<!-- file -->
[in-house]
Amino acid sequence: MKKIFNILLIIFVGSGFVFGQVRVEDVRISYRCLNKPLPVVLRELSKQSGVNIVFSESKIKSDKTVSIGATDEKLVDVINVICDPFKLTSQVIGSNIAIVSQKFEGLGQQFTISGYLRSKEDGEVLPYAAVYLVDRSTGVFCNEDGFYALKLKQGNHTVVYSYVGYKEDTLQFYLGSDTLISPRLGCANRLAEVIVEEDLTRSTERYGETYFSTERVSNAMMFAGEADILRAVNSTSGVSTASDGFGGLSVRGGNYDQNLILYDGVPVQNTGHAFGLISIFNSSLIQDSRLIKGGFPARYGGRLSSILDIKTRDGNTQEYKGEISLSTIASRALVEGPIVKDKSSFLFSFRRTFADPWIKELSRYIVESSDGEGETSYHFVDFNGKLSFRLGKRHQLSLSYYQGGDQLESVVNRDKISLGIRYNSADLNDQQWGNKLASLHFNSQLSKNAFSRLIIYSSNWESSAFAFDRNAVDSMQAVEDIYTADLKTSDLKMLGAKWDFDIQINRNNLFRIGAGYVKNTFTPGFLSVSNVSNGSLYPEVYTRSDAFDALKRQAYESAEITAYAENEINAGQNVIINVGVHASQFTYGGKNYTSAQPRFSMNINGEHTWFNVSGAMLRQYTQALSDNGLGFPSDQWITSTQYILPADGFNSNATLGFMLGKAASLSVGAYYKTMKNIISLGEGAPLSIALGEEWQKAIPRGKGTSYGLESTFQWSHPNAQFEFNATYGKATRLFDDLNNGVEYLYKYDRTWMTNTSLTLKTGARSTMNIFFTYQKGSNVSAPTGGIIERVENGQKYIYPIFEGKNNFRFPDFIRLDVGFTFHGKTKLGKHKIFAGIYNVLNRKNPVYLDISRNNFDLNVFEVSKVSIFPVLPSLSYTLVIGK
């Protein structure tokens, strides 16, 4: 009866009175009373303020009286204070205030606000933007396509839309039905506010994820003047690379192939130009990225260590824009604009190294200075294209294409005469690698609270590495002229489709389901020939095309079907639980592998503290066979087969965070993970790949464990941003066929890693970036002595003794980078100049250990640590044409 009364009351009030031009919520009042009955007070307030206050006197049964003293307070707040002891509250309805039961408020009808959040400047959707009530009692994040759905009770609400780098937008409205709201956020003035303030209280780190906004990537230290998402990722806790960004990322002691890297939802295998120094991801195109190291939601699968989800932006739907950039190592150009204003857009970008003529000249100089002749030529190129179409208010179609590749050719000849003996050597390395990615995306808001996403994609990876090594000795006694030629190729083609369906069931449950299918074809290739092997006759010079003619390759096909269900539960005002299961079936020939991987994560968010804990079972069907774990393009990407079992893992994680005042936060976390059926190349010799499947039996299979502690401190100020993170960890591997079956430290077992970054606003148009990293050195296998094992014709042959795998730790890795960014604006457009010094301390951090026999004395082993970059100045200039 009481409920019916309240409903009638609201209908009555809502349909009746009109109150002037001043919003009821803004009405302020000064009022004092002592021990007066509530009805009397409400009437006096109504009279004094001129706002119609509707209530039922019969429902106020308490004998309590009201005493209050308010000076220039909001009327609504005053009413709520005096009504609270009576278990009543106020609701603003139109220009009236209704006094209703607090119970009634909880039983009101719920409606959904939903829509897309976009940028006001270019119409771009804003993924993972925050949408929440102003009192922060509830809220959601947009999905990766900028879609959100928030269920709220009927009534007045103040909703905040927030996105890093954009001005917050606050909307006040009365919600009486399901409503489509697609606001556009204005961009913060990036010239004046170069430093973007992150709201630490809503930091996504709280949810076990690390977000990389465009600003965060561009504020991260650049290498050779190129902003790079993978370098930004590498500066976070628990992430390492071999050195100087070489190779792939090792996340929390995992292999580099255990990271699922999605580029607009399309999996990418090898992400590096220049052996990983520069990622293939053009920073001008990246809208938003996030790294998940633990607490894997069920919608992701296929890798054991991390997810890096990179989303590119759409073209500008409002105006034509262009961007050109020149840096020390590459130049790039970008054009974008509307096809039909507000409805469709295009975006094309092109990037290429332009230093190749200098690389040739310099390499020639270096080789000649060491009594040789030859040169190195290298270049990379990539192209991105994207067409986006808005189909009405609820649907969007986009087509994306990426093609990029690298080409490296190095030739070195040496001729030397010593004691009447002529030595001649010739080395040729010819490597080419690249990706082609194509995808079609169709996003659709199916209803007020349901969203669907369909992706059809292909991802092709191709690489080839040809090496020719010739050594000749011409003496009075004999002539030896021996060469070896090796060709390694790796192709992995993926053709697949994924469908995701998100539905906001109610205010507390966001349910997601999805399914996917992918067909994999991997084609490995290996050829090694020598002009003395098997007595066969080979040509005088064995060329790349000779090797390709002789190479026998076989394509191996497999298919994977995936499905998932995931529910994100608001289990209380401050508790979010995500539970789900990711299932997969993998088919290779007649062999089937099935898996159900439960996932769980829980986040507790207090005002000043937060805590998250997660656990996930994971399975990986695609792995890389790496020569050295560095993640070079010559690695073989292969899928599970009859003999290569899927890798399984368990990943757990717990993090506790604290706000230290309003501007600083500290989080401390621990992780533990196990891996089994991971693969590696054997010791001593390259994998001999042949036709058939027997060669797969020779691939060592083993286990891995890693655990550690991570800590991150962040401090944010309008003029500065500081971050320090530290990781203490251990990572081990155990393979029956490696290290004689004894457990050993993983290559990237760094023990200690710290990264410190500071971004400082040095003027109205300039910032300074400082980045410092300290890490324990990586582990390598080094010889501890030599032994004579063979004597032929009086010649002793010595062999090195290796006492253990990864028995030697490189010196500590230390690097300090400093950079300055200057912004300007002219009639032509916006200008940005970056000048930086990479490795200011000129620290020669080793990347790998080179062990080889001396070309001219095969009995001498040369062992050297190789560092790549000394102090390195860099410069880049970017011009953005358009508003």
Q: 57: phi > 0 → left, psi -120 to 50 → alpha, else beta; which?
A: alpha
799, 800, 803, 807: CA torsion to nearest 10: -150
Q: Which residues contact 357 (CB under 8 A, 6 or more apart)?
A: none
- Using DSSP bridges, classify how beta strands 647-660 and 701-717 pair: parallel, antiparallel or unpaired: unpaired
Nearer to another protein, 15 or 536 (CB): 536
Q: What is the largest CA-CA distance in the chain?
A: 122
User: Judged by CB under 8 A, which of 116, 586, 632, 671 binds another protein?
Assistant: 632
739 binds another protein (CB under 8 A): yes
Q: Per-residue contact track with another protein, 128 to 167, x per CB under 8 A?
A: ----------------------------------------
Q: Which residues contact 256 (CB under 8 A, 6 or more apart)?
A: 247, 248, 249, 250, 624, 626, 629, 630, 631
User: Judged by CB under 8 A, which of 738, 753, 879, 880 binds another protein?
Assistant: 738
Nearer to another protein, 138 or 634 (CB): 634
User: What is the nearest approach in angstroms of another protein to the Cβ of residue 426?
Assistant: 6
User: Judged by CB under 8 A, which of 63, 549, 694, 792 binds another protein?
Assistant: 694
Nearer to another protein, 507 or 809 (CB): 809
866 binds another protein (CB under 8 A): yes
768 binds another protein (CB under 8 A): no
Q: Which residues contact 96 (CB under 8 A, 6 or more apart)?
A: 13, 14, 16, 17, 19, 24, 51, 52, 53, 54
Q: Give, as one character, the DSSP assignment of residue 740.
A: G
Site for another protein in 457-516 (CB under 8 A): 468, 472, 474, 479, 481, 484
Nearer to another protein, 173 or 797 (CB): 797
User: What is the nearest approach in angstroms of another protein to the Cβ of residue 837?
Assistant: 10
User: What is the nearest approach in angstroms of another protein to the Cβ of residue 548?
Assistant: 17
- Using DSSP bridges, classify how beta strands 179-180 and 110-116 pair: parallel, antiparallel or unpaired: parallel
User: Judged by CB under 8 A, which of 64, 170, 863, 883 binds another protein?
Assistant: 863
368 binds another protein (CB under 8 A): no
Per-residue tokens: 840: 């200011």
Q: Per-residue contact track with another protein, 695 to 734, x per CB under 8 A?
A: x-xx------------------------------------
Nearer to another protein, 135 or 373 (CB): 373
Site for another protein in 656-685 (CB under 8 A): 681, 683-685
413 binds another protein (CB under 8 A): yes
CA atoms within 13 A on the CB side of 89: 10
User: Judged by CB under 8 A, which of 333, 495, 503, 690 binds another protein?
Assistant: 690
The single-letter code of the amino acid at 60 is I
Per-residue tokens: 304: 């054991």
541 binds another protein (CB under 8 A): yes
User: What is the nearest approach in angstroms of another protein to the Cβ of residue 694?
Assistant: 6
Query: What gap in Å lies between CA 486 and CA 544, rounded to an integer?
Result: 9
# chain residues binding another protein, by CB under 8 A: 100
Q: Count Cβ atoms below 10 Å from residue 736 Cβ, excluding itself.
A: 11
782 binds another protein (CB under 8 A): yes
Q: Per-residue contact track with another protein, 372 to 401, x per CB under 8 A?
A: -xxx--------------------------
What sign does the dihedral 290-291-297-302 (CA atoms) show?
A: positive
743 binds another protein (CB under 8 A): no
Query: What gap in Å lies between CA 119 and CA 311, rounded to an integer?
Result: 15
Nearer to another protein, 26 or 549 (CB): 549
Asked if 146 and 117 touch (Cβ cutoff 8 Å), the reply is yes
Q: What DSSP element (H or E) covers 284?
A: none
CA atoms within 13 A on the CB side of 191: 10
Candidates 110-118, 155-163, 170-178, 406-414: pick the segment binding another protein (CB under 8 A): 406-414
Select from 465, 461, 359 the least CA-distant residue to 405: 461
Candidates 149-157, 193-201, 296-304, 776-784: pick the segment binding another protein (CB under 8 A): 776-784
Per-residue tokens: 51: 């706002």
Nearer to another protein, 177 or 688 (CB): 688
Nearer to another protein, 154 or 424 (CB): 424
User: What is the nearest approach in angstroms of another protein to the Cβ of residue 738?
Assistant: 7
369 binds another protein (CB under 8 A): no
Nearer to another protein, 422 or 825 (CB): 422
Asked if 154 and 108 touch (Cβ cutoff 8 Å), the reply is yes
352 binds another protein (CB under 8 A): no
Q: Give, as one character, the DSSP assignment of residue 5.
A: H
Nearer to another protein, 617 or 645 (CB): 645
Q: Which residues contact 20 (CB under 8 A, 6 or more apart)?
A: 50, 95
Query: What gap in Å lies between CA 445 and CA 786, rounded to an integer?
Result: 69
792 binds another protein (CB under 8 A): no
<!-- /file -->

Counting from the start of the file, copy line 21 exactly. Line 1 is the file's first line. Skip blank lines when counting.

Assistant: 738